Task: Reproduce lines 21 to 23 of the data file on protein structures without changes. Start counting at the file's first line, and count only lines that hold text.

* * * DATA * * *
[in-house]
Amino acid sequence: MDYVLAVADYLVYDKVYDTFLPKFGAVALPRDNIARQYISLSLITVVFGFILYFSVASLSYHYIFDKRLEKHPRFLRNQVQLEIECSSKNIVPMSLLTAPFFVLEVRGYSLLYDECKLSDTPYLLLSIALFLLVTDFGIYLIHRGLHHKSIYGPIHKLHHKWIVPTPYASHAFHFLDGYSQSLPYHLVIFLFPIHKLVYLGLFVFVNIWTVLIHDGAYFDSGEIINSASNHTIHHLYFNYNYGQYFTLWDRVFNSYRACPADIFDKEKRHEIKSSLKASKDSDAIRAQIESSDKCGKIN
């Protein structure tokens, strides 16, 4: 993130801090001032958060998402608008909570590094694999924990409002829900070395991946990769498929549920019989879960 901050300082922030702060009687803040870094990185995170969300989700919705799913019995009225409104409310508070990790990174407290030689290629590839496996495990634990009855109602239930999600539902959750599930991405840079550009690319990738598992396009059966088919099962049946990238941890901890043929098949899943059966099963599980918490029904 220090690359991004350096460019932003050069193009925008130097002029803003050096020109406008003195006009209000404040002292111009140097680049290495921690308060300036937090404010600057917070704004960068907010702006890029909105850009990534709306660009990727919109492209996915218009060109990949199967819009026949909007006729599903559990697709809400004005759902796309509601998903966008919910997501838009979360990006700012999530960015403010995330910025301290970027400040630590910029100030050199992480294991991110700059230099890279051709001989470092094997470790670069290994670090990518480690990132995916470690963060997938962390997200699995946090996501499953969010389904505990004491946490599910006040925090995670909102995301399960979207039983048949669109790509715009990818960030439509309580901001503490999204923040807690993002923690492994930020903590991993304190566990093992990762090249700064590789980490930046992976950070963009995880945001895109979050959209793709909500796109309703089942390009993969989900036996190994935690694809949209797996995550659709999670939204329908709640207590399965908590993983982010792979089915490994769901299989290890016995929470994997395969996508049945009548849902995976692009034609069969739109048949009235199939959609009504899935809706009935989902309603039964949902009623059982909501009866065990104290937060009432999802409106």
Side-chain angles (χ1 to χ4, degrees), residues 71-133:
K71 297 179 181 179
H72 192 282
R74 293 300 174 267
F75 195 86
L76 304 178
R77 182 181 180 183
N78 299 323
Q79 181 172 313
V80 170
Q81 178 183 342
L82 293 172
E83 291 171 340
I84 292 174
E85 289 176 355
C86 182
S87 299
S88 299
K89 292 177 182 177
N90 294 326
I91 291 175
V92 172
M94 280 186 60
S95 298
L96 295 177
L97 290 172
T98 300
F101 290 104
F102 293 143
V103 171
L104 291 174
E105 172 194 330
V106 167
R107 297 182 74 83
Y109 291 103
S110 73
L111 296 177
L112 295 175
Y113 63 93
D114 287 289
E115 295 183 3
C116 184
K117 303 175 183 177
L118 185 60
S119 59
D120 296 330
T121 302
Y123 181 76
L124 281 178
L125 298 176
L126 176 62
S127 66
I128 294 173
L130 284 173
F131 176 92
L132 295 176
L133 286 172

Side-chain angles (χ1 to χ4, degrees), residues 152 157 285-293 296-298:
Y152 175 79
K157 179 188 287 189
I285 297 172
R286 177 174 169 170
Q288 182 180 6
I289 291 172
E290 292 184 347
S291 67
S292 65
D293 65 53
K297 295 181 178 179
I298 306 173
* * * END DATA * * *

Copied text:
S88 299
K89 292 177 182 177
N90 294 326